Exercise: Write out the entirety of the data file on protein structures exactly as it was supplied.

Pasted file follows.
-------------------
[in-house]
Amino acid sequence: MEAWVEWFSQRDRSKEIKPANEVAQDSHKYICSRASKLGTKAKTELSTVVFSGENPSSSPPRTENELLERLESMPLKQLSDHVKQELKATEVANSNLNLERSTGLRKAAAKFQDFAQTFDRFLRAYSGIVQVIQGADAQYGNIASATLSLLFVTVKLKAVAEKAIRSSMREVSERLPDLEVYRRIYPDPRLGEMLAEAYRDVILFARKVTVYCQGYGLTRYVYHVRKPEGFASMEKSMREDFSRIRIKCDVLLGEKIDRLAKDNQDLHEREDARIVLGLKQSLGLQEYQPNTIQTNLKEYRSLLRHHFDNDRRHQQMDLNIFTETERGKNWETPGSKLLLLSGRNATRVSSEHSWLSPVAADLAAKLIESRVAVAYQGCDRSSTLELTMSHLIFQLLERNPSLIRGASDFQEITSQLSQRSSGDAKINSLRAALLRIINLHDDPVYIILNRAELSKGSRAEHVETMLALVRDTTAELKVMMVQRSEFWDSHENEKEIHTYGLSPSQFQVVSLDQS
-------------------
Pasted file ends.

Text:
[in-house]
Amino acid sequence: MEAWVEWFSQRDRSKEIKPANEVAQDSHKYICSRASKLGTKAKTELSTVVFSGENPSSSPPRTENELLERLESMPLKQLSDHVKQELKATEVANSNLNLERSTGLRKAAAKFQDFAQTFDRFLRAYSGIVQVIQGADAQYGNIASATLSLLFVTVKLKAVAEKAIRSSMREVSERLPDLEVYRRIYPDPRLGEMLAEAYRDVILFARKVTVYCQGYGLTRYVYHVRKPEGFASMEKSMREDFSRIRIKCDVLLGEKIDRLAKDNQDLHEREDARIVLGLKQSLGLQEYQPNTIQTNLKEYRSLLRHHFDNDRRHQQMDLNIFTETERGKNWETPGSKLLLLSGRNATRVSSEHSWLSPVAADLAAKLIESRVAVAYQGCDRSSTLELTMSHLIFQLLERNPSLIRGASDFQEITSQLSQRSSGDAKINSLRAALLRIINLHDDPVYIILNRAELSKGSRAEHVETMLALVRDTTAELKVMMVQRSEFWDSHENEKEIHTYGLSPSQFQVVSLDQS